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The "Write" Stuff


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Това е статийка на небезизвестния Jim Cornette от новооткрития му сайт. Хареса ми доста и според мен трябва да се прочете, поне за да видите как се е променил бизнесът през неговите очи. Сметнах, че е за този раздел, въпреки че става въпрос основно за WWE. Enjoy...


Posted April 24, 2009

I can't count the number of times over the last 10 years that someone, usually not connected to professional wrestling in any way except as a fan, has asked me, "How do I get a job as a writer?" or given me a package of "scripts" as an audition for a "writing position". This usually gives me the sour belches. It's not these folks' fault that they want the position, it's the fault of the idiots who actually HIRE idiots like these that gives others the idea they, too, can get the jobs with no experience whatsoever. So the inaugural Cornette's Commentary deals with what a "booker" is, what a "writer" is, and the difference between the two.

The inspiration for this column was a paragraph in the Wrestling Observer Newsletter from several months back. I quote that here verbatim, as an example of the intellect of people who "write" wrestling in some places these days:

"It started with Marella and Phoenix out. Marella talked about the three perverts he might face at Cyber Sunday, two crossdressers, Rodney the Piper and Goldendust, and a third pervert in Honky Tonk Man. He called "Johnny Knockville" to the ring. He was out there plugging his website about 50 times, so it was no subtlety as to why he was there. He made a remark about Phoenix's tallywacker and implying she was a guy in drag (I mean, she doesn't exactly look like Nicole Bass or even Chyna to make that joke work), so she bodyslammed him. This was just about the worst bodyslam in history, all his fault. She gave him an extra boot out of frustration and I'm sure she was glad her time in this skit was up. Hornswoggle ran in for a tadpole splash. Then Chris Pontius, who was with him, came to the ring. Christopher DeJosephs (a WWE "writer") as Big Dick Johnson then showed up, peeled off his clothes and started dancing. Pontius then peeled off his clothes, so you had two guys running around in jock straps dancing. I'd hate to think who this was trying to appeal to at this point. But we weren't done. Out came the Boogeyman.. DeJosephs ran away, but Boogeyman gave Pontius a lousy looking clothesline and spit worms all over his face. Almost none went in Pontius' mouth, but one or two may have and they were selling it like a ton did. But we STILL weren't done. Knoxville got up and said he'd been blown up before, and finally since this was all building to it, out came Khali. They started laughing and Khali gave Knoxville the head squeeze, picked him up and dropped him with a slam from the head squeeze. There have been mercy killings less painful than this segment. Houston Mitchell of the Los Angeles Times, there live, said "I've never seen a segment die live quite as bad as that Jackass segment did. And it seemed to go on forever." There were people internally quietly saying the segment was awful, and Brian Gewirtz (WWE "writer") was very defensive of it, saying those people just don't understand good comedy."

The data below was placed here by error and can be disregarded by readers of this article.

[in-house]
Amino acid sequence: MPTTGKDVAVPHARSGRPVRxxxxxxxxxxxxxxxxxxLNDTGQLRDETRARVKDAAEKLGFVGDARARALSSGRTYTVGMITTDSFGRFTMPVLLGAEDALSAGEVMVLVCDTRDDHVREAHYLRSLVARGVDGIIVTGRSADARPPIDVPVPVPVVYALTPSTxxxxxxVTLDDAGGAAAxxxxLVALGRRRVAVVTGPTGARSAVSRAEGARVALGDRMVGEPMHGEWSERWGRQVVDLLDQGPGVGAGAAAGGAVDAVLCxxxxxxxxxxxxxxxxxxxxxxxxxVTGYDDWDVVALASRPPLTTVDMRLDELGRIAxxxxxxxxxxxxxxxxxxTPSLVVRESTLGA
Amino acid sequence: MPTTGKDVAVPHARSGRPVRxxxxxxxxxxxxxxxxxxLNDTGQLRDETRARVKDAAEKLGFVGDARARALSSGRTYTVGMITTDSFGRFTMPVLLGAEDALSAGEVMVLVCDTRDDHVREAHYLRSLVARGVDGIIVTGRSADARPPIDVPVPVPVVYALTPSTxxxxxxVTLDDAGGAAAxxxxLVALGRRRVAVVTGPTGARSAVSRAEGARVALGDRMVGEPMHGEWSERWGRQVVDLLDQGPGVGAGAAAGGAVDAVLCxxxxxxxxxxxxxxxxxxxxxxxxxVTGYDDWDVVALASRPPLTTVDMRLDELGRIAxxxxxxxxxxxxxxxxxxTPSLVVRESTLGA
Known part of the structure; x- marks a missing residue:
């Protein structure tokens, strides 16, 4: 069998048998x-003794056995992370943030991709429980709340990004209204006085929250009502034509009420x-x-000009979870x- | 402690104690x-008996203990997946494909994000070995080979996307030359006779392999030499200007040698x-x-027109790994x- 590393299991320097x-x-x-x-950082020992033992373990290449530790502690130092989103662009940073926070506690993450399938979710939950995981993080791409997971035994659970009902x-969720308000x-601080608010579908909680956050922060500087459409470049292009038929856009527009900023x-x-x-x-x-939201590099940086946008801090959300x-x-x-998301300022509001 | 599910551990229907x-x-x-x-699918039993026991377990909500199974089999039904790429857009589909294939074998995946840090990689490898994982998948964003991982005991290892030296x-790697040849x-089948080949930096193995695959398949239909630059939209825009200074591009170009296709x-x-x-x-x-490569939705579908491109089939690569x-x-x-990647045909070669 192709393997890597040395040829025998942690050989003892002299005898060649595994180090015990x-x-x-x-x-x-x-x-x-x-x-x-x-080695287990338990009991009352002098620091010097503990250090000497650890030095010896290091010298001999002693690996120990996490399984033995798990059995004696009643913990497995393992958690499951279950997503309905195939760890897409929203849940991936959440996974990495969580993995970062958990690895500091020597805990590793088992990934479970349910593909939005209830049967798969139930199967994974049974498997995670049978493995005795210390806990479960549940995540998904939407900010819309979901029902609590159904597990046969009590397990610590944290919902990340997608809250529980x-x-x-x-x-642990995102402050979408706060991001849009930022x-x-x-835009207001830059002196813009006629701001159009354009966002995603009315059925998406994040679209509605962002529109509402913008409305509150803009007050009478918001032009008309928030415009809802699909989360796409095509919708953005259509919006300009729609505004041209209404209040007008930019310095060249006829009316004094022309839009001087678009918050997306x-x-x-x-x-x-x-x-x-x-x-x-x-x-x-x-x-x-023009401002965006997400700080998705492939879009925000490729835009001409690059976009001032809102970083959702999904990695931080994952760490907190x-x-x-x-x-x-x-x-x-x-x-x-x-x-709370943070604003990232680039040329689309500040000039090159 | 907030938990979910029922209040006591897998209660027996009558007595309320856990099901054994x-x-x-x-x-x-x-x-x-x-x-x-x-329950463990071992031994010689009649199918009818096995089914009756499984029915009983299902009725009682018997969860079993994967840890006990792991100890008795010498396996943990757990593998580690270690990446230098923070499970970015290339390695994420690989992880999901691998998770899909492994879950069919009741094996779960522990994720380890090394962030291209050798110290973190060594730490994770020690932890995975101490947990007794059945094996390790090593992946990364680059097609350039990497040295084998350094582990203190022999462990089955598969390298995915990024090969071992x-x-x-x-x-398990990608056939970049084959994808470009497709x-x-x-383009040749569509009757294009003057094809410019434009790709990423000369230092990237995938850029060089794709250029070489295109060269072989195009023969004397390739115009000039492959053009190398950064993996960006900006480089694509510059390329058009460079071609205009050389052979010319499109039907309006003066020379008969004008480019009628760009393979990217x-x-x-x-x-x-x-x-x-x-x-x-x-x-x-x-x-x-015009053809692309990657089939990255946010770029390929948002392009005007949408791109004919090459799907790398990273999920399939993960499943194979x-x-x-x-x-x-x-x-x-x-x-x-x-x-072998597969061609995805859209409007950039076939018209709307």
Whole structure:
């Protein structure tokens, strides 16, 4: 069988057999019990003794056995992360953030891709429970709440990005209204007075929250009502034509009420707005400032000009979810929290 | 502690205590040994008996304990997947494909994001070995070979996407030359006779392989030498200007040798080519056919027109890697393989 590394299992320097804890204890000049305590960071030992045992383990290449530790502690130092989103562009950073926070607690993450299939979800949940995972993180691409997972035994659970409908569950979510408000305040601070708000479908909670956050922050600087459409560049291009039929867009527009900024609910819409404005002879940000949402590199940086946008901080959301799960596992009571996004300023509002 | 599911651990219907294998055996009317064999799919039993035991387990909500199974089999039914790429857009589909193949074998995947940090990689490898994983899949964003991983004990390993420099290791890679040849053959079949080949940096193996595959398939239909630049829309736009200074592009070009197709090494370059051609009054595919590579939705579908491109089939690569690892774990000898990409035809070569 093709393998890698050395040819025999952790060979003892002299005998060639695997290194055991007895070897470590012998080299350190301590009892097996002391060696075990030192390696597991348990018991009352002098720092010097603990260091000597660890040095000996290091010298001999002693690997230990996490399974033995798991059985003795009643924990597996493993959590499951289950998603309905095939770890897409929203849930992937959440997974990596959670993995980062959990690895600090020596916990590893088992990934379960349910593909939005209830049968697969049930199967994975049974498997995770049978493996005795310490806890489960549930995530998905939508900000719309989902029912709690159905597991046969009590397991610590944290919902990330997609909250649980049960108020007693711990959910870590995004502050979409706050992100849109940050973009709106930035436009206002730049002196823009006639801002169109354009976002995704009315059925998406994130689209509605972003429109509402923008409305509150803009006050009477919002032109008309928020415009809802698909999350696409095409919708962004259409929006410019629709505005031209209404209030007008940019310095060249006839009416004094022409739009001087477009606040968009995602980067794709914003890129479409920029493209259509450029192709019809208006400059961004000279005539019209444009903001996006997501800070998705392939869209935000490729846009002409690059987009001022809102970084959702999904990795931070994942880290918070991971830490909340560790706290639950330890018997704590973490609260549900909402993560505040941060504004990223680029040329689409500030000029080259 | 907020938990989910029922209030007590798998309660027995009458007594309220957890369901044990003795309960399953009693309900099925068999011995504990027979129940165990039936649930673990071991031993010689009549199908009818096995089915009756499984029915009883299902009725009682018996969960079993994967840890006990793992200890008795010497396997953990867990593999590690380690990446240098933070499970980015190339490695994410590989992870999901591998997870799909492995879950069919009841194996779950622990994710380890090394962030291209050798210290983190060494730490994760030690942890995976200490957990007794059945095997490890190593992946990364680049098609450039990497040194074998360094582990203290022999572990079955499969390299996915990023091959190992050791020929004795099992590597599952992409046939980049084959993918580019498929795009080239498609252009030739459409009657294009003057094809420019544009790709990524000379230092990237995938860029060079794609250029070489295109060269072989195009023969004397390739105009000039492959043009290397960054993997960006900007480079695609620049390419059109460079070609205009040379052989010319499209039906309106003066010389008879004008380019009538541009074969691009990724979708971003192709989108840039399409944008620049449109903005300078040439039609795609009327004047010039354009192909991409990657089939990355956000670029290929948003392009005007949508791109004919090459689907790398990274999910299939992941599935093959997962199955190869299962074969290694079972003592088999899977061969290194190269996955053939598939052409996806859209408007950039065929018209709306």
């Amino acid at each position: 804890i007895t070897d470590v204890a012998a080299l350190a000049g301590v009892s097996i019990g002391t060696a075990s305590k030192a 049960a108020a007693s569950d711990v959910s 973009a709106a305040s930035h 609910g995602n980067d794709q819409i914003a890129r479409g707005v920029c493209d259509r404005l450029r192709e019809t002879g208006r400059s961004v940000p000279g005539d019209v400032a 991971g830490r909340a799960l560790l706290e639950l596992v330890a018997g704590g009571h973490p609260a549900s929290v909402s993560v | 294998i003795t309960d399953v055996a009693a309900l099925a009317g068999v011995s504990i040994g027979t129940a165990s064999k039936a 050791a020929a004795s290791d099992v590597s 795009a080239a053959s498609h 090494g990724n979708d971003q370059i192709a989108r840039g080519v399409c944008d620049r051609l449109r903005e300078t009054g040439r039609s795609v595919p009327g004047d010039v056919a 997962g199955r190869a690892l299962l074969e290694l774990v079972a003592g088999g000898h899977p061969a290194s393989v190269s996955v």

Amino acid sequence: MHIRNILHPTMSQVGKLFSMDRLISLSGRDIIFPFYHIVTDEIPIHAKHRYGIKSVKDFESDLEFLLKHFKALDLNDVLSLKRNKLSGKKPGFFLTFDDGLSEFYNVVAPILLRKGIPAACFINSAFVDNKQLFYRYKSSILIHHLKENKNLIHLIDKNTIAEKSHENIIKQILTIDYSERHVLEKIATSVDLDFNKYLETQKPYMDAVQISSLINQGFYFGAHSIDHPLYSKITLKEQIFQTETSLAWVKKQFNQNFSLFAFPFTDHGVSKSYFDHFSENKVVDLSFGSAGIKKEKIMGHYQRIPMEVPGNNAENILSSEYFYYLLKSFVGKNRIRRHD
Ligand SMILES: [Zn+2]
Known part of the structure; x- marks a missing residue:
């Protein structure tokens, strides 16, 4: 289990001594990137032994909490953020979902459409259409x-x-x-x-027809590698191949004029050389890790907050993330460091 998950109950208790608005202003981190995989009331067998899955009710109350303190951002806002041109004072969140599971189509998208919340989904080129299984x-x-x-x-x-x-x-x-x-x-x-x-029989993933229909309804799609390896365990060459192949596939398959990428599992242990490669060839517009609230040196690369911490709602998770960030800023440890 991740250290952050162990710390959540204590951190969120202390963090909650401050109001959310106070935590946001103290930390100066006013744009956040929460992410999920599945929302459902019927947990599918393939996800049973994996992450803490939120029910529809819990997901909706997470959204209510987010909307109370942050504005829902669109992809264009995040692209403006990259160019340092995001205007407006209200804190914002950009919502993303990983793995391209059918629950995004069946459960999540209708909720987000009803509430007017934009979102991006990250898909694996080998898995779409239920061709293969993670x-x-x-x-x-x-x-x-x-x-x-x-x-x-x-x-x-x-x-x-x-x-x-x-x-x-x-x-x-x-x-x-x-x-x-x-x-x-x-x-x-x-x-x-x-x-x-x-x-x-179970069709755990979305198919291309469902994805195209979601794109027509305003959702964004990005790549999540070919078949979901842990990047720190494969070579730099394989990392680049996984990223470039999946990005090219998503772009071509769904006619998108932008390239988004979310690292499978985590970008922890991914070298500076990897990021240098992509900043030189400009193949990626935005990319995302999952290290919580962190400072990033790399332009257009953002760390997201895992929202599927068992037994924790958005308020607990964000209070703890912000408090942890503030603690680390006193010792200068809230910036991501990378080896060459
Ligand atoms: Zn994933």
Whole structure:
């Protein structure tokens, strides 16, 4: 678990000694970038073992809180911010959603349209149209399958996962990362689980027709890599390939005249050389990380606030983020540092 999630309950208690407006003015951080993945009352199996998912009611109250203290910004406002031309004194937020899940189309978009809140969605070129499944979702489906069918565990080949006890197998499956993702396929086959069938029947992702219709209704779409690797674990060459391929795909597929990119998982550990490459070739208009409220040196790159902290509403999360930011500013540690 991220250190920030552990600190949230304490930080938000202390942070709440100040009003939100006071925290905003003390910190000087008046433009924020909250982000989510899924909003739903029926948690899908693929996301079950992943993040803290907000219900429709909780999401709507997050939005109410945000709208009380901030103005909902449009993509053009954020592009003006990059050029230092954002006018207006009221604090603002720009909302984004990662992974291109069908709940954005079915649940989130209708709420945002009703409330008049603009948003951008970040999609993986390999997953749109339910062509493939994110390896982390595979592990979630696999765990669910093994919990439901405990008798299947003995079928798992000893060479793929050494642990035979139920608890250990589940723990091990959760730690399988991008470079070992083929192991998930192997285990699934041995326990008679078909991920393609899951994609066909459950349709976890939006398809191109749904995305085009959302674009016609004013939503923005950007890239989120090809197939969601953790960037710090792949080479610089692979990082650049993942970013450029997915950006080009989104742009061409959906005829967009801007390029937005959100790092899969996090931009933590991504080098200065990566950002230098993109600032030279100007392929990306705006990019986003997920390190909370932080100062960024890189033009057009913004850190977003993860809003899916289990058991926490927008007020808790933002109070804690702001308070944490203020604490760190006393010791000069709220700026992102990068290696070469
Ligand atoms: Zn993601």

Apparently that stupid son of a bitch Gewirtz doesn't understand good WRESTLING, either.

Let's clarify our terms at the start. Pro wrestling doesn't have "writers", it has a BOOKER. "Sports entertainment" has "writers". Since Toots Mondt laid the groundwork for the position of booker back in the 20's and 30's, the booker in wrestling served as the matchmaker, deciding who would wrestle who, who would win, constructed the finishes to lead to rematches if applicable, and set up the "programs", or series of matches between two opponents. He determined the talent roster by hiring and/or firing the wrestlers who wrestled in the particular territory he was booking. As the TV era began, the booker also laid out the TV formats, came up with the angles to be worked, and gave the talent ideas for what to say in their promos.

The promoter, or owner, of the territory the booker was in charge of was the only person the booker answered to. He might have assistants to carry out his instructions, but he had sole control over any decisions relating to talent. If business was good, he stayed in the position. If business was bad, the promoter replaced him. The wrestlers, especially the main event talent, had great leeway in their performance as long as they carried out the booker's basic instructions. The booker gave the finish and any important spot, the rest of the match was up to the talent. The booker told the talent the subject and time of their TV promos, content and delivery was up to talent. As an example, Dusty Rhodes' instructions to me might be, "You've got 3 minutes, you're wrestling the Rock & Roll Express in Charlotte, last show there you interfered with the racket so this time they've asked for a cage match, and it's for the Tag Title. Go sell me some tickets."